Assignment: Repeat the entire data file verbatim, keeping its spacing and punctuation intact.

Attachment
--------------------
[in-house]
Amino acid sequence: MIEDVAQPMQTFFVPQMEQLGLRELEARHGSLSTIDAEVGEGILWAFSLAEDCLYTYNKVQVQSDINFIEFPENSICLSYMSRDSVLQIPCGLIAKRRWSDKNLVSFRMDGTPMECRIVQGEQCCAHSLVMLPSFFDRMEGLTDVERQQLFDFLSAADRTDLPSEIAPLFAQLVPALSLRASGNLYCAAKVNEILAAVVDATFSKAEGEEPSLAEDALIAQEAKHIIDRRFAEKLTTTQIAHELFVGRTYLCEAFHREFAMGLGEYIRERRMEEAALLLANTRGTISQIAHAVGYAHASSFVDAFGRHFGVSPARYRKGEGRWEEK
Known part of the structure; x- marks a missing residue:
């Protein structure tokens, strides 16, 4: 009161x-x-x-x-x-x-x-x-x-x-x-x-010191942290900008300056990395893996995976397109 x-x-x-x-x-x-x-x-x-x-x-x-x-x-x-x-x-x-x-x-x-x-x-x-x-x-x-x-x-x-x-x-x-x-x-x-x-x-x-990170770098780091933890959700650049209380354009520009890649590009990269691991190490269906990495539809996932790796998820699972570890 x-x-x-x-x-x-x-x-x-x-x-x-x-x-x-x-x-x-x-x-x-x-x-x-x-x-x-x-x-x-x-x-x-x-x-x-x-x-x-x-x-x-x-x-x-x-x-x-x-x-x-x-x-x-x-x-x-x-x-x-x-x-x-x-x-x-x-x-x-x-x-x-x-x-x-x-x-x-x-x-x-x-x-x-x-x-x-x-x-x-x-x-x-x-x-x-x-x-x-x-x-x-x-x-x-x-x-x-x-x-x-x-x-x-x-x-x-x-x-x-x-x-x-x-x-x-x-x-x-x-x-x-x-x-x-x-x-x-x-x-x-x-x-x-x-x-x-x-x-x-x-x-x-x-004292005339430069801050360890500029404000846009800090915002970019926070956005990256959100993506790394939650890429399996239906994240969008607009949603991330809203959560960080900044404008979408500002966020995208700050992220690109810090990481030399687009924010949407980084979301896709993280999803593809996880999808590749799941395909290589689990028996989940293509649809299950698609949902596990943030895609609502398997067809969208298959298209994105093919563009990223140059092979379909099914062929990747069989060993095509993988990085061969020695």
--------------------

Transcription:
[in-house]
Amino acid sequence: MIEDVAQPMQTFFVPQMEQLGLRELEARHGSLSTIDAEVGEGILWAFSLAEDCLYTYNKVQVQSDINFIEFPENSICLSYMSRDSVLQIPCGLIAKRRWSDKNLVSFRMDGTPMECRIVQGEQCCAHSLVMLPSFFDRMEGLTDVERQQLFDFLSAADRTDLPSEIAPLFAQLVPALSLRASGNLYCAAKVNEILAAVVDATFSKAEGEEPSLAEDALIAQEAKHIIDRRFAEKLTTTQIAHELFVGRTYLCEAFHREFAMGLGEYIRERRMEEAALLLANTRGTISQIAHAVGYAHASSFVDAFGRHFGVSPARYRKGEGRWEEK
Known part of the structure; x- marks a missing residue:
């Protein structure tokens, strides 16, 4: 009161x-x-x-x-x-x-x-x-x-x-x-x-010191942290900008300056990395893996995976397109 x-x-x-x-x-x-x-x-x-x-x-x-x-x-x-x-x-x-x-x-x-x-x-x-x-x-x-x-x-x-x-x-x-x-x-x-x-x-x-990170770098780091933890959700650049209380354009520009890649590009990269691991190490269906990495539809996932790796998820699972570890 x-x-x-x-x-x-x-x-x-x-x-x-x-x-x-x-x-x-x-x-x-x-x-x-x-x-x-x-x-x-x-x-x-x-x-x-x-x-x-x-x-x-x-x-x-x-x-x-x-x-x-x-x-x-x-x-x-x-x-x-x-x-x-x-x-x-x-x-x-x-x-x-x-x-x-x-x-x-x-x-x-x-x-x-x-x-x-x-x-x-x-x-x-x-x-x-x-x-x-x-x-x-x-x-x-x-x-x-x-x-x-x-x-x-x-x-x-x-x-x-x-x-x-x-x-x-x-x-x-x-x-x-x-x-x-x-x-x-x-x-x-x-x-x-x-x-x-x-x-x-x-x-x-x-004292005339430069801050360890500029404000846009800090915002970019926070956005990256959100993506790394939650890429399996239906994240969008607009949603991330809203959560960080900044404008979408500002966020995208700050992220690109810090990481030399687009924010949407980084979301896709993280999803593809996880999808590749799941395909290589689990028996989940293509649809299950698609949902596990943030895609609502398997067809969208298959298209994105093919563009990223140059092979379909099914062929990747069989060993095509993988990085061969020695």